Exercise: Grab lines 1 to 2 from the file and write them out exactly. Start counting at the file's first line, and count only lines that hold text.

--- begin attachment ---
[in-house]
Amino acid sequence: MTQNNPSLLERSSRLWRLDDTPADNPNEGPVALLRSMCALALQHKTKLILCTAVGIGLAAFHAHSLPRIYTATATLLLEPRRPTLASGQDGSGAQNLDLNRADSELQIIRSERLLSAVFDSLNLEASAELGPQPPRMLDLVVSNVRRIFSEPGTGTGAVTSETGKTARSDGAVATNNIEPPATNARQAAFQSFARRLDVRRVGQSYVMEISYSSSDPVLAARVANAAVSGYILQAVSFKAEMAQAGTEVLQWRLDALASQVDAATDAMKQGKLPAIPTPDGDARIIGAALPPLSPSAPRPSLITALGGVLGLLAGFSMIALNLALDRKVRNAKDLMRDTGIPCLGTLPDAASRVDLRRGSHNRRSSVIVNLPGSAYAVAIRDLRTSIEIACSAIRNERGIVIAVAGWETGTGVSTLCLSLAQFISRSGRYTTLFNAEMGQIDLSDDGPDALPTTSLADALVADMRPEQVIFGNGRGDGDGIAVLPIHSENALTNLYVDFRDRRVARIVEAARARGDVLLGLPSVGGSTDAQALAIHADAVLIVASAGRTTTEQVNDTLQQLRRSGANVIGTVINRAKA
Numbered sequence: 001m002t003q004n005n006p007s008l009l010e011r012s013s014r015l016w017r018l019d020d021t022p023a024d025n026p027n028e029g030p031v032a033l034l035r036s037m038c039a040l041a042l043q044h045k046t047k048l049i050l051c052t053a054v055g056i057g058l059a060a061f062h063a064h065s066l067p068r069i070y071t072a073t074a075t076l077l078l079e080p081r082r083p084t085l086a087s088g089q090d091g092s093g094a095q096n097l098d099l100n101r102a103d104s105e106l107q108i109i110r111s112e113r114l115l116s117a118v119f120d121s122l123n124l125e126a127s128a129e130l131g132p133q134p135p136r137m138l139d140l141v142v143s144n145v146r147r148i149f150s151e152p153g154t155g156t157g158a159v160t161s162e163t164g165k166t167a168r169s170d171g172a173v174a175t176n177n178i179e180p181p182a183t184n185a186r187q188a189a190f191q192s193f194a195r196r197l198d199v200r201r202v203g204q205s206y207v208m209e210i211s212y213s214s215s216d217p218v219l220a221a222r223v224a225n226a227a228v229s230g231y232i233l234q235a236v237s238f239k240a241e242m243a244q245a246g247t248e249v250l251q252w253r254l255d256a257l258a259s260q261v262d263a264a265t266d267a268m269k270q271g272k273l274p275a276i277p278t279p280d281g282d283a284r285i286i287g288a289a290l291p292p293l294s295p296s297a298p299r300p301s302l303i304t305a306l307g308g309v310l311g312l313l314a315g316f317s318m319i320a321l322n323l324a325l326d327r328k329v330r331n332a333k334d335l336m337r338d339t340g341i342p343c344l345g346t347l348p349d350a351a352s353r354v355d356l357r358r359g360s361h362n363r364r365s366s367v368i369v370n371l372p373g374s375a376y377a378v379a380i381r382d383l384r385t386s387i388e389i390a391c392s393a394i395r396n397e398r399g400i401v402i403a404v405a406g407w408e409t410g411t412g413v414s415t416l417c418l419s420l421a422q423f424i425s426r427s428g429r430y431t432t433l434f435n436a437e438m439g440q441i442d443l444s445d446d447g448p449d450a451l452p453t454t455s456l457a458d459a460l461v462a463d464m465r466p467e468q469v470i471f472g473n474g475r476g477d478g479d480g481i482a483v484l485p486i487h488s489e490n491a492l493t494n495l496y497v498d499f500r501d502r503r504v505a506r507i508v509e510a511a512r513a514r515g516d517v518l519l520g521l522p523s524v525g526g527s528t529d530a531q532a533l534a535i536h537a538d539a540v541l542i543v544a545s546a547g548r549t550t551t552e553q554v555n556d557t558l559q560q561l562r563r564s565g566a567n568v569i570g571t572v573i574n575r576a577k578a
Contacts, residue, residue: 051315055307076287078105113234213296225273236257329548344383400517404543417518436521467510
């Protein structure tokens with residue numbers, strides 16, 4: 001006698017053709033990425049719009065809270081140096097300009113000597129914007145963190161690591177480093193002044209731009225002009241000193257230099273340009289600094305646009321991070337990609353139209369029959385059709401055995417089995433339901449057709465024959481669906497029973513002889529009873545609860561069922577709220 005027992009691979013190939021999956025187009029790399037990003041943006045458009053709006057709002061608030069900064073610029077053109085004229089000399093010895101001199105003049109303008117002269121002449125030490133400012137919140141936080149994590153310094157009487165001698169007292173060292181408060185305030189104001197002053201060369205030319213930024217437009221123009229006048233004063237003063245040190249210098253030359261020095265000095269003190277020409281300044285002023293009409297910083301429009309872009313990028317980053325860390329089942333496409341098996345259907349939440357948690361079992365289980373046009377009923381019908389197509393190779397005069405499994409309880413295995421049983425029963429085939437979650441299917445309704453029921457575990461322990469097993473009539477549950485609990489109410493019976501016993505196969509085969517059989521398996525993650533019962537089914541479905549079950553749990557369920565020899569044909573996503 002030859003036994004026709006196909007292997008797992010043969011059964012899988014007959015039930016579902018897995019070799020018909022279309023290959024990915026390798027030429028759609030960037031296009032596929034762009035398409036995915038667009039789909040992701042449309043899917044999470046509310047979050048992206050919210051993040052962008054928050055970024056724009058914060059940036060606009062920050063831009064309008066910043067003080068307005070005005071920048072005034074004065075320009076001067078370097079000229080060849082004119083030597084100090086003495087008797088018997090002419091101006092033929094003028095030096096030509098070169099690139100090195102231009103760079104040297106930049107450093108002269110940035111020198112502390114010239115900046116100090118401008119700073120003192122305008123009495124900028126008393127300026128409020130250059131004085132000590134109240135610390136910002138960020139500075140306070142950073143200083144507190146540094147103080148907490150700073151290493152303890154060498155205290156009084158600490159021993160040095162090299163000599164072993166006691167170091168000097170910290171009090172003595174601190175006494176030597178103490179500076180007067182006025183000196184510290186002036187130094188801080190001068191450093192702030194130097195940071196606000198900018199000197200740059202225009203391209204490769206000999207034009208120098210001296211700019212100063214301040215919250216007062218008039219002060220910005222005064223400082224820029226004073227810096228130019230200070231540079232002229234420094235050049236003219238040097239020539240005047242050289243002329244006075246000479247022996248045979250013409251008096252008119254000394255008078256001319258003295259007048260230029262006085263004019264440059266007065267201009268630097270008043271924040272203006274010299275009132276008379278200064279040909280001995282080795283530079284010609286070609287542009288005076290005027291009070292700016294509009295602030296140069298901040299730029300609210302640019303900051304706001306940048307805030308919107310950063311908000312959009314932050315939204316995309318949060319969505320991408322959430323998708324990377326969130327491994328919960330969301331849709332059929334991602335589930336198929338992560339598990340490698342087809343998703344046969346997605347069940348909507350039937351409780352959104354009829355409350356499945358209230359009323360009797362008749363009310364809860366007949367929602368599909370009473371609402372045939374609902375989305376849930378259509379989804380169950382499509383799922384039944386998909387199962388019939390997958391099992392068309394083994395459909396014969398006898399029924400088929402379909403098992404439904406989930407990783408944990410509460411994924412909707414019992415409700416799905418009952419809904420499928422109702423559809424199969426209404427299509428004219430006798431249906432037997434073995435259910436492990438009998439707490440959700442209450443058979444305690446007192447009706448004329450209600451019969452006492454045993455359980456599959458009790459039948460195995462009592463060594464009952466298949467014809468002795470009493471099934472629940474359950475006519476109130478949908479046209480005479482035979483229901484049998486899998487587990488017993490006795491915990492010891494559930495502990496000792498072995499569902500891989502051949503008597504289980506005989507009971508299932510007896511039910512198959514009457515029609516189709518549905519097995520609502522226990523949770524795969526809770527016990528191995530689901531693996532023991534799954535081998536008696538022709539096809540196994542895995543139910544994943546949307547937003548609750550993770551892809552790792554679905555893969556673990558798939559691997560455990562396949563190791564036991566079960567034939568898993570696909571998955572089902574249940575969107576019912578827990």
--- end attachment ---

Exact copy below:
[in-house]
Amino acid sequence: MTQNNPSLLERSSRLWRLDDTPADNPNEGPVALLRSMCALALQHKTKLILCTAVGIGLAAFHAHSLPRIYTATATLLLEPRRPTLASGQDGSGAQNLDLNRADSELQIIRSERLLSAVFDSLNLEASAELGPQPPRMLDLVVSNVRRIFSEPGTGTGAVTSETGKTARSDGAVATNNIEPPATNARQAAFQSFARRLDVRRVGQSYVMEISYSSSDPVLAARVANAAVSGYILQAVSFKAEMAQAGTEVLQWRLDALASQVDAATDAMKQGKLPAIPTPDGDARIIGAALPPLSPSAPRPSLITALGGVLGLLAGFSMIALNLALDRKVRNAKDLMRDTGIPCLGTLPDAASRVDLRRGSHNRRSSVIVNLPGSAYAVAIRDLRTSIEIACSAIRNERGIVIAVAGWETGTGVSTLCLSLAQFISRSGRYTTLFNAEMGQIDLSDDGPDALPTTSLADALVADMRPEQVIFGNGRGDGDGIAVLPIHSENALTNLYVDFRDRRVARIVEAARARGDVLLGLPSVGGSTDAQALAIHADAVLIVASAGRTTTEQVNDTLQQLRRSGANVIGTVINRAKA